And of Cyberabad Days:

"Cyberabad Days is a return to the world of Ian McDonald's Cyberabad DaysBSFA-winning novel River of Gods. Like an exotic dish, this collection of seven stories (6 previously published, 1 new), is flavored with spices from the old world and the new. I savored hints of Isaac Asimov and Philip K. Dick amidst what I might have initially thought was an incongruous mixture: a Britain born son of Irish and Scottish parents writing stories set in a future India, steeped in that nation's rich cultural heritage. Cyberabad Days was a new and exciting literary experience, blending familiar science fiction ideas of future tech and artificial intelligence with a language and heritage that is far removed from my everyday experience. Ian McDonald brings the history of the Indian people, albeit a 'history' viewed from a time three plus decades in the future, in a way that sparks an interest in this diverse and storied nation."

Fantasy Literature has just posted their FanLit's Favorite Books of 2010 list. Joel Shepherd's Tracato and Jasper Kent's Thirteen Years Later make the list. Ian McDonald's The Dervish House makes the separate Science Fiction list. (And Swords & Dark Magic again makes the anthology list.)

You can check out excerpts from many of these books at our Sample Chapter page.  We're thrilled that so many readers and reviewers appreciate our 2010 releases.

The Raven So Far

James Barclay first wrote about his mercenary group Demonstorm CoverThe Raven in the Chronicles of the Raven (Dawnthief, Noonshade, and Nightchild.)  The Raven have returned in the Legends of the Raven. In Elfsorrow, The Raven traveled to a new continent.  In  Shadowheart, they became entangled in war.  The third book, Demonstorm, in bookstores now, brings them face to face with an old enemy.  But can even The Raven prevail, faced with the end of the world?  Look for Ravensoul, the fourth volume in the Legends of the Raven, in 2011.

"With The Raven, Barclay has created one of the more memorable casts of heroes in recent memory, supporting them within a world of magic based upon constructs entirely his own. While action may dominate the pages of his narratives, this has not taken place in the absence of increasingly strong characterization or a secondary world imaginatively and freshly developed. ...certainly a writer to watch, both for immediate enjoyment as well as future development." -SFSite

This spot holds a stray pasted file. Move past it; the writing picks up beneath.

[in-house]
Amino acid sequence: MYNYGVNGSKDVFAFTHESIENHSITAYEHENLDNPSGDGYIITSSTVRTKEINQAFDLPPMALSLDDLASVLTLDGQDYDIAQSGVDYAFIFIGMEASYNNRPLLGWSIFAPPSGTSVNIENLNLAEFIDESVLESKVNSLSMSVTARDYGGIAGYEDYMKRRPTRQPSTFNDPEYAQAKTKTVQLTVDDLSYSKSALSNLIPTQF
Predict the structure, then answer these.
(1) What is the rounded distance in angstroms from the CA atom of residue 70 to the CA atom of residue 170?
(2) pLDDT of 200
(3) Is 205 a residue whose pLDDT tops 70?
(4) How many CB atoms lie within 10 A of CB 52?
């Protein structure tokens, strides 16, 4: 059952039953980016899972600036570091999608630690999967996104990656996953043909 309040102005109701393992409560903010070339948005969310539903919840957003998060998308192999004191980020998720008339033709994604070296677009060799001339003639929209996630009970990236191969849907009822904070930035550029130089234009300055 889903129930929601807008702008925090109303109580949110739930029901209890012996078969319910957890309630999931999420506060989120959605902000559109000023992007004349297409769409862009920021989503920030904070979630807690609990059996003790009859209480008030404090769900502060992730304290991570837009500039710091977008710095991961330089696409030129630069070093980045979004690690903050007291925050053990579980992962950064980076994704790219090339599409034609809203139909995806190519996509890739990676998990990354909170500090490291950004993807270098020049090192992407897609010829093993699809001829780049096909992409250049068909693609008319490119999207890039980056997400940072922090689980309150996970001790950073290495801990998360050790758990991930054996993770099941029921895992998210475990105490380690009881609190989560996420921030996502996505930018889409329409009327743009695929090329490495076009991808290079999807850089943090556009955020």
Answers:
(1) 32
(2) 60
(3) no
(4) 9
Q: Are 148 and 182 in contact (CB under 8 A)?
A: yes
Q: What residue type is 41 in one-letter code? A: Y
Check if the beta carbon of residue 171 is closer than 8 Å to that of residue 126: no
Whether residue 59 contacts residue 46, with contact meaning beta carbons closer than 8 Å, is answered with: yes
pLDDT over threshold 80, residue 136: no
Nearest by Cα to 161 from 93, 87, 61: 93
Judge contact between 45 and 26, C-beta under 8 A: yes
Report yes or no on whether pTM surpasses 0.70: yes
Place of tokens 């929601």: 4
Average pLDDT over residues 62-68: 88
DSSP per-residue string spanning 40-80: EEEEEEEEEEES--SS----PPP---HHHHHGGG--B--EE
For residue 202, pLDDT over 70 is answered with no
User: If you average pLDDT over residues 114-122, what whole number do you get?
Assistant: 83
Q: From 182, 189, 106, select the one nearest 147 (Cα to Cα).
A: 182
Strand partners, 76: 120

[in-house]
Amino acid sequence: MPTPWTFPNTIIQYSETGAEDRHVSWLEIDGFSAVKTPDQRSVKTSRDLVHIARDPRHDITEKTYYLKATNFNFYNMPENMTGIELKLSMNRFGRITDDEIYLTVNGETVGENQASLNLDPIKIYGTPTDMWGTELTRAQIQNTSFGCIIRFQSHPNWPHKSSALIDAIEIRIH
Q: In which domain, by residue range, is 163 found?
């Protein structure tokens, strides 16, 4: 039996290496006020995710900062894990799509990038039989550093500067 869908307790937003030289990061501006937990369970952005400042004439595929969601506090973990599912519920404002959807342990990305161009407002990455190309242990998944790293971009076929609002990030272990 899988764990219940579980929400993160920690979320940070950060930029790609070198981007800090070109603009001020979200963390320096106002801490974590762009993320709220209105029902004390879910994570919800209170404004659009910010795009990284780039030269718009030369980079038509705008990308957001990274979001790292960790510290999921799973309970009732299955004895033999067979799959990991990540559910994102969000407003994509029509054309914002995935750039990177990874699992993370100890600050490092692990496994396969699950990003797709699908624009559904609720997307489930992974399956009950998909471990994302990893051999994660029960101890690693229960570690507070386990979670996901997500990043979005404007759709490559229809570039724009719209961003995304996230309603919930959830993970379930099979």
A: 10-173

That's it for this issue. Don't forget our coupon below! As always, please check out our entire catalog and drop by our blog.

Happy Reading, and Happy New Year,

Rene Sears
Editorial Assistant, Pyr
an imprint of Prometheus Books


The Quiet War

For January only, we're offering Paul McAuley's fast-paced space opera The Qui
et War at half price. 

Who decides what it means to be human?
Twenty-third century Earth, ravaged by climate change, looks backwards to the holy ideal of a pre-industrial Eden. The fragile detente between the Outer cities and the dynasties of Earth is threatened by the ambitions of the rising generation of Outers, who want to break free of their cosy, inward-looking pocket paradises, colonise the rest of the Solar System, and drive human evolution in a hundred new directions. On Earth, many demand pre-emptive action against the Outers before it's too late; others want to exploit the talents of their scientists and gene wizards. Amid campaigns for peace and reconciliation, political machinations, crude displays of military might, and espionage by cunningly wrought agents, the two branches of humanity edge towards war...

This month, save 50% on The Quiet Warin our exclusive offer, available only to our newsletter subscribers when you click through the PayPal button below. Or call our toll-free number 1-800-421-0351 and mention the Pyr® Books Newsletter Offer when ordering to receive the discounted price. Overseas customers may call 716-691-0133.
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Offer Expires:
January 31, 2011